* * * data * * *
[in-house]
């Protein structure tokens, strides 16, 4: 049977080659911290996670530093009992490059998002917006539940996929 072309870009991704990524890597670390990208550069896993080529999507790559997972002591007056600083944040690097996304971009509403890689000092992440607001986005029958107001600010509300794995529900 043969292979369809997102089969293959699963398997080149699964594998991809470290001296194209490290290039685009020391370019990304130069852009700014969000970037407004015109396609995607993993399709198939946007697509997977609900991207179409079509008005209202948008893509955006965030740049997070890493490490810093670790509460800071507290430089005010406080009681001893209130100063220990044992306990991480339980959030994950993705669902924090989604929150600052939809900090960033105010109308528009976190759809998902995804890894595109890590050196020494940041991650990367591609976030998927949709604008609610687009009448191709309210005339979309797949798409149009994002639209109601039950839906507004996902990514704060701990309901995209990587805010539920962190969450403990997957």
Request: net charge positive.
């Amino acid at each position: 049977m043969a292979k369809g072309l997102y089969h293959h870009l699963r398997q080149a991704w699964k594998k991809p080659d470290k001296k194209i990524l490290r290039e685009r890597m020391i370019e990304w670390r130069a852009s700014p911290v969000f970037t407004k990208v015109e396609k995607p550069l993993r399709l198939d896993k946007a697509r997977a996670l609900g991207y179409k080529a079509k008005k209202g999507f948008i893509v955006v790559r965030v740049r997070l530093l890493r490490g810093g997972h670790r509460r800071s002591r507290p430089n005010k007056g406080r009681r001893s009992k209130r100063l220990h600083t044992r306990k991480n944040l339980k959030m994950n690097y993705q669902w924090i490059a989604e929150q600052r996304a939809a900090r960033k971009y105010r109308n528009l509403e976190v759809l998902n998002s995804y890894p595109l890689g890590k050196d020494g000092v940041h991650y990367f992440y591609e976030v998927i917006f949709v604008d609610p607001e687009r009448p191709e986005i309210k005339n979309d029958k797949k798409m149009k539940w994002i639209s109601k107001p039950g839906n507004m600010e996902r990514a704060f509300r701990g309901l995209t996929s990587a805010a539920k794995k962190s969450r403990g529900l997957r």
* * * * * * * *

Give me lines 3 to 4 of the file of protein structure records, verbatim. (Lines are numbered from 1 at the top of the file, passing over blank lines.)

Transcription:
Request: net charge positive.
């Amino acid at each position: 049977m043969a292979k369809g072309l997102y089969h293959h870009l699963r398997q080149a991704w699964k594998k991809p080659d470290k001296k194209i990524l490290r290039e685009r890597m020391i370019e990304w670390r130069a852009s700014p911290v969000f970037t407004k990208v015109e396609k995607p550069l993993r399709l198939d896993k946007a697509r997977a996670l609900g991207y179409k080529a079509k008005k209202g999507f948008i893509v955006v790559r965030v740049r997070l530093l890493r490490g810093g997972h670790r509460r800071s002591r507290p430089n005010k007056g406080r009681r001893s009992k209130r100063l220990h600083t044992r306990k991480n944040l339980k959030m994950n690097y993705q669902w924090i490059a989604e929150q600052r996304a939809a900090r960033k971009y105010r109308n528009l509403e976190v759809l998902n998002s995804y890894p595109l890689g890590k050196d020494g000092v940041h991650y990367f992440y591609e976030v998927i917006f949709v604008d609610p607001e687009r009448p191709e986005i309210k005339n979309d029958k797949k798409m149009k539940w994002i639209s109601k107001p039950g839906n507004m600010e996902r990514a704060f509300r701990g309901l995209t996929s990587a805010a539920k794995k962190s969450r403990g529900l997957r």